Before the digital revolution, companies were sales-centric, focused on pushing product volume. There were fewer products and they were harder to find, so once a company cornered a market, they simply sold as many units as possible.
However, with more interconnectivity and deeper digital transformation comes more choice. We currently live in a consumer-driven market, which is clearly good for the customer, but ultimately, also leads to a better product and a more robust and lasting business.
Following the voice of the customer (VoC) and the customer journey can help improve products and services and ensure you’re giving a good customer experience (CX). And you can get even more detailed and understand customer satisfaction more thoroughly when you break the overall customer experience into different aspects.
Sure, a customer needs analysis is important to attract new customers, and you have to onboard them properly, and provide great customer service, but the product experience is the most important part of the customer journey because, in order to retain happy customers, you need good products and services that fit their needs.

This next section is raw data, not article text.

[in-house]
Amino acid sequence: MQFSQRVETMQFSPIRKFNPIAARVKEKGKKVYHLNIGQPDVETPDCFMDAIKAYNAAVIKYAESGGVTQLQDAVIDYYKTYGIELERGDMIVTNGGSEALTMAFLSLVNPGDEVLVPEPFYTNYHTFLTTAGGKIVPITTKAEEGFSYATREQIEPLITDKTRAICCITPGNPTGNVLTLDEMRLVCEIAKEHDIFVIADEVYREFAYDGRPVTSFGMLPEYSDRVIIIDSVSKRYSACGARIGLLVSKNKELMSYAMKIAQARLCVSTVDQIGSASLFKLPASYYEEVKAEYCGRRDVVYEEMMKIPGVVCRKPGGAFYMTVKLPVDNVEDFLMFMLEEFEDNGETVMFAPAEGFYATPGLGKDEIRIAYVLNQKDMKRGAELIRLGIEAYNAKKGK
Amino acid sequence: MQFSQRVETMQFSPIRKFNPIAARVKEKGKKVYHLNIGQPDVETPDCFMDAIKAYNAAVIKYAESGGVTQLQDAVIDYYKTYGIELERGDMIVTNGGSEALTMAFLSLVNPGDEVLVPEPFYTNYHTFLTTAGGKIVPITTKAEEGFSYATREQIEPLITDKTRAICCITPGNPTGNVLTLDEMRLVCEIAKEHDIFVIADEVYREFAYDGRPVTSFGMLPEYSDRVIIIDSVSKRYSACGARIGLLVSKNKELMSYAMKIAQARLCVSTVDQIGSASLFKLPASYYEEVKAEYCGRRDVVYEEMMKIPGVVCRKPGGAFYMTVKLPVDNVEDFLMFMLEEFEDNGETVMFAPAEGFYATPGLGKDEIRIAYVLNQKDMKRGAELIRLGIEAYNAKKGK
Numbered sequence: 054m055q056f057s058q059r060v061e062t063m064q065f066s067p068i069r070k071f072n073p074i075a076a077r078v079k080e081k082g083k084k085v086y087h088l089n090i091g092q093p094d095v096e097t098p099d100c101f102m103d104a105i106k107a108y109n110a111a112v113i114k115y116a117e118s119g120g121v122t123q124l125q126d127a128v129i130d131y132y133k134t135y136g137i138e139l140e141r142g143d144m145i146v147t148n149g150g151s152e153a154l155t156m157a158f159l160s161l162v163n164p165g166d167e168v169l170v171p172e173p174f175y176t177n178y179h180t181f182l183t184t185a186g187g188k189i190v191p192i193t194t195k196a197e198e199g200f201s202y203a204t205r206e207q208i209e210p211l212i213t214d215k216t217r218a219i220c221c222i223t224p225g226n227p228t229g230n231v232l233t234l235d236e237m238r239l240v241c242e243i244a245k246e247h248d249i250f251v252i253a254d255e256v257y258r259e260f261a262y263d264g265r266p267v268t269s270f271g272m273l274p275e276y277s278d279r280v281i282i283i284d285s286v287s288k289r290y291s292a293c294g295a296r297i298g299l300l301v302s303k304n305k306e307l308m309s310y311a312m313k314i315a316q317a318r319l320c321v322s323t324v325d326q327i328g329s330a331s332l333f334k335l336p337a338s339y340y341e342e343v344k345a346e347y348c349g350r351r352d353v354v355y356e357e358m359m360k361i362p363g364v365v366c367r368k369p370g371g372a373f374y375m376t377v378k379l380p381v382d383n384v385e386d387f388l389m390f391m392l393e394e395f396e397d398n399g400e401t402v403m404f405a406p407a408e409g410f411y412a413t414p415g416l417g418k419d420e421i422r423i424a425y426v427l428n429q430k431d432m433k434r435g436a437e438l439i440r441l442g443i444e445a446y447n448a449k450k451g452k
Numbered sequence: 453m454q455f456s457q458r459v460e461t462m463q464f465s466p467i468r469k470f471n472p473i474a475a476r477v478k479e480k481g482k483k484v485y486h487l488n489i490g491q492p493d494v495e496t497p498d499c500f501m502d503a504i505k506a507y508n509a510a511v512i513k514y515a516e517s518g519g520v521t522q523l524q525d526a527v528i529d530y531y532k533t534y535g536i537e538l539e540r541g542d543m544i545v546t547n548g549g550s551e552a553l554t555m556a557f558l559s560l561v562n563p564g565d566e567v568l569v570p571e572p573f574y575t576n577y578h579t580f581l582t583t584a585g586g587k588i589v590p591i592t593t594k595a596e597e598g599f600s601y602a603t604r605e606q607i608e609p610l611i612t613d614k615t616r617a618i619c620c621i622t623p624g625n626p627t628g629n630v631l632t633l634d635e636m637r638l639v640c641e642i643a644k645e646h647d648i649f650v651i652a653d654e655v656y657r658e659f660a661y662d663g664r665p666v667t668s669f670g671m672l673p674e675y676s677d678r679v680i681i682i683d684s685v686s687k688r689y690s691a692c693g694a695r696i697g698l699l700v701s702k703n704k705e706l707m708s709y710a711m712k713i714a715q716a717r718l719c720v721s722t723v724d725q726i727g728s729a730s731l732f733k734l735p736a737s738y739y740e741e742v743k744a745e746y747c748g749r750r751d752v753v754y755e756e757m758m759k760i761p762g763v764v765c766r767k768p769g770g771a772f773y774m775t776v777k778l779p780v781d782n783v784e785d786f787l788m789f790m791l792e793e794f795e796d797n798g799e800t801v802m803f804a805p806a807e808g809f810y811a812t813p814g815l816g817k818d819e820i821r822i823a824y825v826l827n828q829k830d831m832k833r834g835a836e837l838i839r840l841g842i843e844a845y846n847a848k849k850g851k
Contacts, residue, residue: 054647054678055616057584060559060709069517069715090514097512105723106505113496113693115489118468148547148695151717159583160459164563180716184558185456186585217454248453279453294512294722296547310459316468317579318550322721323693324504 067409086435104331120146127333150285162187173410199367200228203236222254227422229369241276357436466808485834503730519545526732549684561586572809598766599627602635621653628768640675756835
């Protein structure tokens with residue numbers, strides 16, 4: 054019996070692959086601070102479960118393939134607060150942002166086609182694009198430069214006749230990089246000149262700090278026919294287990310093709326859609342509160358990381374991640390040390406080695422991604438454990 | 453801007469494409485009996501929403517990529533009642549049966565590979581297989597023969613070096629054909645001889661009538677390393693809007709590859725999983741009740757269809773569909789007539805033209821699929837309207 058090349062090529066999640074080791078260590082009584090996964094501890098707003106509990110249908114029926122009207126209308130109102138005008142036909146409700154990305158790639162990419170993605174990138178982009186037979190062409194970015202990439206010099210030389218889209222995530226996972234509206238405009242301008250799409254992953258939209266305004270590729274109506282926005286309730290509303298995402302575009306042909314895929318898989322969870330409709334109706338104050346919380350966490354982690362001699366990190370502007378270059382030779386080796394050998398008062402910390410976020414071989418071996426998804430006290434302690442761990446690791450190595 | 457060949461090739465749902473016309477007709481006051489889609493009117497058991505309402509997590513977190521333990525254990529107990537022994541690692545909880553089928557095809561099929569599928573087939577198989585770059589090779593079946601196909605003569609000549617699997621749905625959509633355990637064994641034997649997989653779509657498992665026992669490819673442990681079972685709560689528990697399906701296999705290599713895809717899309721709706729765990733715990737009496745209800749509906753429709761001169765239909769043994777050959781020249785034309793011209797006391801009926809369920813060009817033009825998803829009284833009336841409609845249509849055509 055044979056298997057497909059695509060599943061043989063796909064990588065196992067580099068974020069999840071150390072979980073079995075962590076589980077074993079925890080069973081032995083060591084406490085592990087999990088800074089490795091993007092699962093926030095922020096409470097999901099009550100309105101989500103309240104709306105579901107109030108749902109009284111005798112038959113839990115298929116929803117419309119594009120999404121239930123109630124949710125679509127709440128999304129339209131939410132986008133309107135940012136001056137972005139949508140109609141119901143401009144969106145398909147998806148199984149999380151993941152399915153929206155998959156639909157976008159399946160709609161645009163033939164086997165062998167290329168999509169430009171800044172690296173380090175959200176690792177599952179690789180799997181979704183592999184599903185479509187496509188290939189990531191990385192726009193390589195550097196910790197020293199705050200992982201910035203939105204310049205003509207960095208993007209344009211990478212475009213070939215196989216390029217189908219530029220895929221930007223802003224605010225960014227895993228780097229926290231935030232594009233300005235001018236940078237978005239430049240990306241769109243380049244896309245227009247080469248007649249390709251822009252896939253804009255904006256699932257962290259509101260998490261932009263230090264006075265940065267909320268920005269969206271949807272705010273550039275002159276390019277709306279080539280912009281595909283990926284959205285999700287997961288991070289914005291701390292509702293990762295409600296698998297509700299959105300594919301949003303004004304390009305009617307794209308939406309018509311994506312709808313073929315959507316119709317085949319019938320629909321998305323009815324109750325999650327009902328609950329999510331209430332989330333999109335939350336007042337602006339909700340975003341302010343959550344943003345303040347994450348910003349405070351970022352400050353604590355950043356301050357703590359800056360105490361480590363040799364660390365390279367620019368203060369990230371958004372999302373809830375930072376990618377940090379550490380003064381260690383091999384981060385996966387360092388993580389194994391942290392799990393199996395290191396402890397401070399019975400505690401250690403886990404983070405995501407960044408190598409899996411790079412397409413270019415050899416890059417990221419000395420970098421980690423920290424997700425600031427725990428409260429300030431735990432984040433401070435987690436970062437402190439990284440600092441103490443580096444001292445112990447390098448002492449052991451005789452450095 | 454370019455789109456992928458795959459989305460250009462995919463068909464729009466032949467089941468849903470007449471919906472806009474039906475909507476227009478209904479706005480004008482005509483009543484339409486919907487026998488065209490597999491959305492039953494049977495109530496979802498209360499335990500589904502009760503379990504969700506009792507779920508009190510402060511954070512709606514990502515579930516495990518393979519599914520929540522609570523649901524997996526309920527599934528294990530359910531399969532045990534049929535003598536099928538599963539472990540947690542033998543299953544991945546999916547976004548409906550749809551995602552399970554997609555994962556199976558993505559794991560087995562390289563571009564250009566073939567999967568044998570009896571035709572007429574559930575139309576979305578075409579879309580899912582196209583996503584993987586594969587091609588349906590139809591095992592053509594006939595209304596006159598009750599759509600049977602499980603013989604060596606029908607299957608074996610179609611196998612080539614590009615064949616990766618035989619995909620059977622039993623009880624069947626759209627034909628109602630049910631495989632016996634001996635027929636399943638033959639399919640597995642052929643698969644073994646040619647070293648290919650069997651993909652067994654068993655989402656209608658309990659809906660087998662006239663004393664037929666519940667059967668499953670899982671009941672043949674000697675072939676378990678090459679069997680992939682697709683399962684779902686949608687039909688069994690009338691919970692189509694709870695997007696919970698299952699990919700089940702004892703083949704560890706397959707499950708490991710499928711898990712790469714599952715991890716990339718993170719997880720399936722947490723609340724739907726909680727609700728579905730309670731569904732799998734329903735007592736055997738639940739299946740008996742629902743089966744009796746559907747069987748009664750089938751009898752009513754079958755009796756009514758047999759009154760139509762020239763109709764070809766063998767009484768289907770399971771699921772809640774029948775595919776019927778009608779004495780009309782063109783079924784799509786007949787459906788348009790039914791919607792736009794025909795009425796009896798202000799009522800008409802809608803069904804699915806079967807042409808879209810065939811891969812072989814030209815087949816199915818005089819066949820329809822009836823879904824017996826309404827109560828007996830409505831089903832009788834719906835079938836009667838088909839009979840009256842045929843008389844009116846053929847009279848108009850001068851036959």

Product experience (PX) is a subcategory of user experience (UX) and customer experience (CX). It focuses specifically on the part of the customer journey that happens when a customer is actually using a product – usability, efficacy, versatility, functionality, accessibility, etc.
For SaaS products, cloud companies, and apps this is the time from log in to log out or quit. Product experience is customer-centric, designed to fulfill the customer’s needs.